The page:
BBC Home
Explore the BBC
BBC News
Launch consoleBBC NEWS CHANNEL
Last Updated: Thursday, 18 September, 2003, 09:06 GMT 10:06 UK
Beatles CD to go 'back to basics'
The Beatles
The Let It Be tapes were handed to Spector as The Beatles fell apart
A "back-to-basics" version of The Beatles album Let It Be, taking it back to its rock roots, is to be released.

Let It Be... Naked returns the album to Sir Paul McCartney's original plans, stripping out producer Phil Spector's lavish effects and orchestrations.

"It's exactly as it was in the room," said Sir Paul. "You're right there."

The 1969 album was recorded as the band drifted apart, so hundreds of hours of abandoned tapes were given to Spector to turn into something to release.

Sir Paul was said to be annoyed by the orchestration added to his song, The Long and Winding Road.

You're bloody right again - it sounds great without Phil
Ringo Starr to Sir Paul McCartney
"If we had today's technology back then, it would sound like this because this is the noise we made in the studio," he said.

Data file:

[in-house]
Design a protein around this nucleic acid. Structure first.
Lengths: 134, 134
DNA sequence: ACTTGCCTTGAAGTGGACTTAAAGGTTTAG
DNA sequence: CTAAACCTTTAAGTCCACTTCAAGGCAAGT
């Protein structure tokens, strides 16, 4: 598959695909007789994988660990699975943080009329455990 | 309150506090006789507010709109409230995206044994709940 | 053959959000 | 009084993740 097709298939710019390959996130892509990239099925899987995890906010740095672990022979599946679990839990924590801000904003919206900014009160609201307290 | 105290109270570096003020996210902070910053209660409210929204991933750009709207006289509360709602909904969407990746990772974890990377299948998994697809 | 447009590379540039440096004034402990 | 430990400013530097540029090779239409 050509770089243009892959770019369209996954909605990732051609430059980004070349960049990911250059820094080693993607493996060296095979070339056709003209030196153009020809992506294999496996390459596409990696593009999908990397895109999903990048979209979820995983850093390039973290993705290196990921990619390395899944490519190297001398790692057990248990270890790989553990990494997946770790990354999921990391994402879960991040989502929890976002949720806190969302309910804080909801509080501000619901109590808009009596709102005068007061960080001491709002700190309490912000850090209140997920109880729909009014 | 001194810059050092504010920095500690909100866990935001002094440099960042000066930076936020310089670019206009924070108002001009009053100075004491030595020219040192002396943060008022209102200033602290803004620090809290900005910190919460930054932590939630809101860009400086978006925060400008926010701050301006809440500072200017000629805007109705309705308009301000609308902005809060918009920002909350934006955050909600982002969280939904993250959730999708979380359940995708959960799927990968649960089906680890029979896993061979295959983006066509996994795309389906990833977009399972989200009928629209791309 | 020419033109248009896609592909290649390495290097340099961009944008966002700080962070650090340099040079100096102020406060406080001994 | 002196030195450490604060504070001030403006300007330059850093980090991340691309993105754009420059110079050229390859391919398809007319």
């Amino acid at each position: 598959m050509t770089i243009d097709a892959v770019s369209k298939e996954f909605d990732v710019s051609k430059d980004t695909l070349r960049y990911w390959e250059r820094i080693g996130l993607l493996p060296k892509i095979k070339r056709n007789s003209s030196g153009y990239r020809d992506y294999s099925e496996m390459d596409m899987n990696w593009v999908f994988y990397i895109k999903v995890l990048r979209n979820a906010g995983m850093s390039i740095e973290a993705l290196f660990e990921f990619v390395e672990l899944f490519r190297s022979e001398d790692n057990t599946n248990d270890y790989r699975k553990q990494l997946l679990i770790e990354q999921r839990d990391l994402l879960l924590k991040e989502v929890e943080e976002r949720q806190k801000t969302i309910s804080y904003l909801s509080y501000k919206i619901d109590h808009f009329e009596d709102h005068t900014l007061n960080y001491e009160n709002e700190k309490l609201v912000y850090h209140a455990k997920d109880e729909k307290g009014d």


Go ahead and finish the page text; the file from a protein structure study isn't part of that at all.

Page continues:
Ringo Starr recently told Rolling Stone magazine: "Paul was always totally opposed to Phil.

"I told him on the phone recently: 'You're bloody right again. It sounds great without Phil.' Which it does."

Songs cut

The album, which includes the tracks Across the Universe and Let It Be, was originally supposed to be called Get Back.

The songs Dig It and Maggie Mae, plus background dialogue - which appear on the album - will be removed for the new version, with Don't Let Me Down added.

It will be released by EMI Records on 17 November.

Spector, one of the most celebrated producers in rock history, is waiting to hear whether he will be charged over the death in February of Lana Clarkson at his home.

Beatle guitar sale gets encore
14 Sep 03  |  Showbiz
Beatles sue Apple over iTunes
13 Sep 03  |  Music
Spector death case delayed
04 Aug 03  |  Showbiz
Phil Spector: Off the wall?
14 Feb 03  |  Newsmakers
'Tourists' fail Beatles quiz
22 Aug 03  |  Merseyside


The BBC is not responsible for the content of external internet sites


News Front Page | World | UK | England | Northern Ireland | Scotland | Wales | Politics
Business | Entertainment | Science/Nature | Technology | Health | Education
Have Your Say | Magazine | In Pictures | Week at a Glance | Country Profiles | In Depth | Programmes
Americas Africa Europe Middle East South Asia Asia Pacific